It's presumed you're here on a day trip from Lisbon and why not? There's not much else to do there during the day and this UNESCO World Heritage Site is chock full of palaces.
It's popular too, more fans of the palace here than you'll find down Selhurst Park on any given every-other Saturday. Sintra is one of the 'Seven Wonders of Portugal' although it's not known if Cristiano Ronaldo is one of the other six.
 Get this, he definitely played at Selhurst Park, probably.
This one is from the 'forecourt' of the Palácio Nacional, bang in the centre of town and 10 minutes from the train. Former royals and their relatives still take up residency here but they'll let you inside for a few €euros.
It's said a few €euros but if you combine with a visit to the castle and the other palaces, it'll all add up to a fair few €euros but more on those in a minute. The ticket combinations are designed to make your visit to Sintra as as possible. Hang on! Isn't that Santana?
The National Palace has some nods although they're largely reproduced. They had a presence here, you see, and laid the foundations for the Castelo dos Mouros in the 9th century.
There's a shuttle bus up but you can walk to it through the woodland if you'd rather. Sure, you'll arrive panting and dripping but that won't wash with the 'clippie', you'll still need to part with some €euros.
Fine views from the restored ramparts back down to town and beyond. This is looking back to Lisbon here and all of the built up in between.
It's not thought that's another palace down there rather one of Portugal's most expensive hotels, apparently.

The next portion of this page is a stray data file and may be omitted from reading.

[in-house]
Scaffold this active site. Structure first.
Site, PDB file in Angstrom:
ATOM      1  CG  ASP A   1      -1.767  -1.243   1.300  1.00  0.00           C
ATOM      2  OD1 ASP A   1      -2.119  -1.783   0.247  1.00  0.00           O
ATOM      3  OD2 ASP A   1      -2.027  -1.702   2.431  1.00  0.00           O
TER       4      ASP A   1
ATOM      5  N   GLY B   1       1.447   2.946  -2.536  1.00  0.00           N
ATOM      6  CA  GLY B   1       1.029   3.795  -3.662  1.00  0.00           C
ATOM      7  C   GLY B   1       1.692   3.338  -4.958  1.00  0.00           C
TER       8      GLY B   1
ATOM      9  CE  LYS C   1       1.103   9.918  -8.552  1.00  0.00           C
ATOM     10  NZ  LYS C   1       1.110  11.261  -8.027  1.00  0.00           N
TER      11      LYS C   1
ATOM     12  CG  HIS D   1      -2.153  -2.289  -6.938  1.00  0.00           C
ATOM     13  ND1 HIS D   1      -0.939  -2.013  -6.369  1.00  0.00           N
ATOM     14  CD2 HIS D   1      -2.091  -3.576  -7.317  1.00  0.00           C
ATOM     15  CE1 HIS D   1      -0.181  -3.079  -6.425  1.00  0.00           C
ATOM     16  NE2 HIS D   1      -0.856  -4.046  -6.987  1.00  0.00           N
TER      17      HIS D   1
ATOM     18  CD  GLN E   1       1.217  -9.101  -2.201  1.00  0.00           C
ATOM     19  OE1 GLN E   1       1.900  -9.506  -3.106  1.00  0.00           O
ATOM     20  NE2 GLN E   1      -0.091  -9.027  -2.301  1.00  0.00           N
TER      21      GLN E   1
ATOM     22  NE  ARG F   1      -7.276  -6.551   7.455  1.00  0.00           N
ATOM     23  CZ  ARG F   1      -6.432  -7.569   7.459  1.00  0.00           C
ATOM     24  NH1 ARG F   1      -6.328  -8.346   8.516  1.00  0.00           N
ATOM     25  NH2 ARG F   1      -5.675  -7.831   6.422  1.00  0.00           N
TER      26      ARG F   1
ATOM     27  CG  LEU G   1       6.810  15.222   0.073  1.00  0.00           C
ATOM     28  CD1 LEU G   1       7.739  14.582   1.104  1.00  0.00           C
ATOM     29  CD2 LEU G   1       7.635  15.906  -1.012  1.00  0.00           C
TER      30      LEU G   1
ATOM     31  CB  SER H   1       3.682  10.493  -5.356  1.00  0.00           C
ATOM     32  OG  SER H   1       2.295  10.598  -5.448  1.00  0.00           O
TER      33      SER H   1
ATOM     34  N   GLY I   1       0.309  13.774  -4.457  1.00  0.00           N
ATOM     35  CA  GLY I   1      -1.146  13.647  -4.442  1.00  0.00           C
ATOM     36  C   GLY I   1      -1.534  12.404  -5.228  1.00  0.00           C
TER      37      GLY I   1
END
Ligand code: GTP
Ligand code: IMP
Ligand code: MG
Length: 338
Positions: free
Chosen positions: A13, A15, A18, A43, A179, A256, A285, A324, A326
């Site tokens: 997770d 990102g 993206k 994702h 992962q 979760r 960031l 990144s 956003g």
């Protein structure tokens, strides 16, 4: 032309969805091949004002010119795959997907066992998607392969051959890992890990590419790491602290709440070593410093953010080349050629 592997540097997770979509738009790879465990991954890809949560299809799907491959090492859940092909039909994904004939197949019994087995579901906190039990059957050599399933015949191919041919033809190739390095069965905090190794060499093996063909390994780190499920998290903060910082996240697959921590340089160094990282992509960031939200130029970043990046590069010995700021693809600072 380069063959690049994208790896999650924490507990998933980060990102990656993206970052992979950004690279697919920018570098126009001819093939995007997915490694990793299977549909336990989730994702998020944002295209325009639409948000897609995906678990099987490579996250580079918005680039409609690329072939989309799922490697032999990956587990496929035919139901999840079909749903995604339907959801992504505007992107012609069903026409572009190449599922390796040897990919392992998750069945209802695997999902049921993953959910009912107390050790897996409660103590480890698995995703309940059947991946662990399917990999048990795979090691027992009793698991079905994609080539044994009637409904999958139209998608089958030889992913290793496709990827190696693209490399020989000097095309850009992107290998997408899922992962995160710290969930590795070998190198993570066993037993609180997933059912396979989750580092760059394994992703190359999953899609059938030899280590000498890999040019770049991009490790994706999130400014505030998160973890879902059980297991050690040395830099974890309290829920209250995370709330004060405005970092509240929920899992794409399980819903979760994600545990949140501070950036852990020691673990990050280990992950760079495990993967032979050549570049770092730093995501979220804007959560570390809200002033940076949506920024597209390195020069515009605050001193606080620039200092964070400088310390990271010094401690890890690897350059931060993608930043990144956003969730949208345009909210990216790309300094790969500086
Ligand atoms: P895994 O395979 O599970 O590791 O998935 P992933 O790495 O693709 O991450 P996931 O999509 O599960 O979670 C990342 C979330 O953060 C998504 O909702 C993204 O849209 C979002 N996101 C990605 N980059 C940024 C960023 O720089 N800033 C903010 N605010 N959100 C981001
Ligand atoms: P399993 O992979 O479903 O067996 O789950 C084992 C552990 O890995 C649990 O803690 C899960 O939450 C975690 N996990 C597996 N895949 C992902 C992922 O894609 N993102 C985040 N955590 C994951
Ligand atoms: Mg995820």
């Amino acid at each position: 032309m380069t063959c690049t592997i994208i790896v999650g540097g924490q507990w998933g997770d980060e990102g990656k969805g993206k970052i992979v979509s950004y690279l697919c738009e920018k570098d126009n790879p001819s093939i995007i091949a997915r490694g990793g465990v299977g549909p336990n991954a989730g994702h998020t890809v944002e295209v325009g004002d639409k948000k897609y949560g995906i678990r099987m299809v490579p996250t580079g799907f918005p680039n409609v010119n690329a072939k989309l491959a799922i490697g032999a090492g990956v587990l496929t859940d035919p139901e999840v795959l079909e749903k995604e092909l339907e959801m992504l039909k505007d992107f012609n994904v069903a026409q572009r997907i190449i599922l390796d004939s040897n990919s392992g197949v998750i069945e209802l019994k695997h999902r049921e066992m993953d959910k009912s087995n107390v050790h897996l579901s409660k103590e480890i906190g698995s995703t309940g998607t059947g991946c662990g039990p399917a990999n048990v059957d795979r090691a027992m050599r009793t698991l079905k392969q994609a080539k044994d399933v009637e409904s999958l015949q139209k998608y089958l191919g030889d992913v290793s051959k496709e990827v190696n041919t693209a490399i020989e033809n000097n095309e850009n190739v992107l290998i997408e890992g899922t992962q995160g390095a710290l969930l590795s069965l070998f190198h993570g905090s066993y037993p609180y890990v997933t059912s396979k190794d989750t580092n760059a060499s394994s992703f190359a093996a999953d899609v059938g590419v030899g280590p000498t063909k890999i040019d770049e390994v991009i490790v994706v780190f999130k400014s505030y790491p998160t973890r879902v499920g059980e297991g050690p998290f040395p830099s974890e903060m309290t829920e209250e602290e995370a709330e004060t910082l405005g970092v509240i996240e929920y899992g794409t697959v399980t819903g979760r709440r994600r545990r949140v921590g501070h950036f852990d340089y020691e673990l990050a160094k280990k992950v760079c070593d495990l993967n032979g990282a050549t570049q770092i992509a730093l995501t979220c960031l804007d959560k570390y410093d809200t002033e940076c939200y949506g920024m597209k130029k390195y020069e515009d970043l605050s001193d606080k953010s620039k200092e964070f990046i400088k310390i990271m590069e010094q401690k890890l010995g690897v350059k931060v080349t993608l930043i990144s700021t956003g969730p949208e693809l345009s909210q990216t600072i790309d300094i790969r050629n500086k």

That hike up the hill here, however, will have you feeling . Hang on! Isn't that Sinitta?
Looking just about south, the Palácio da Pena sits higher up the hillside and open to the elements. It's not the only thing that's badly exposed, this, admittedly enhanced, effort doesn't really do it justice.
With hindsight and having now done some homework, this remarkable, fairy-tale castle is likely to be the main reason for most people's visit to Sintra.
It's an 1840s job replacing the remains of an early 16th-century monastery that had lain in ruins since the great earthquake of 1755. By the end of the 20th and after a lick of paint, UNESCO came calling, stuck their stamp on it and, as should be known by now, they don't hand them awards out willy-nilly.
You can shuttle it up by bus although a walk through the forest and gardens comes trippingly advised. Saying that, the style is best described as Romantic so you don't really really want to arrive panting and dripping here?
It certainly is an example of architecture. Hang on! Isn't that Sinatra? It is and it's as close as you're going to get!
Palace and park that's a couple of miles west of Sintra centre. Can be combined with visits to the Palácio Nacional, Palácio da Pena, Palácio de Queluz and the castle.
Palace in town and where you'll buy your tickets, probably. Can be combined with visits to the Palácio de Monserrate, Palácio da Pena, Palácio de Queluz and the castle.
Palace up a hill to the south and a bus will shuttle you up. Can be combined with visits to the Palácio de Monserrate, Palácio Nacional, Palácio de Queluz and the castle.
Palace that's a little way south-west but can be combined with visits to the Palácio de Monserrate, Palácio Nacional, Palácio da Pena and the castle.
Palace in parkland although this one is early 20th century. CAN'T be combined with visits to the Palácio de Monserrate, Palácio Nacional, Palácio da Pena, Palácio de Queluz or the castle.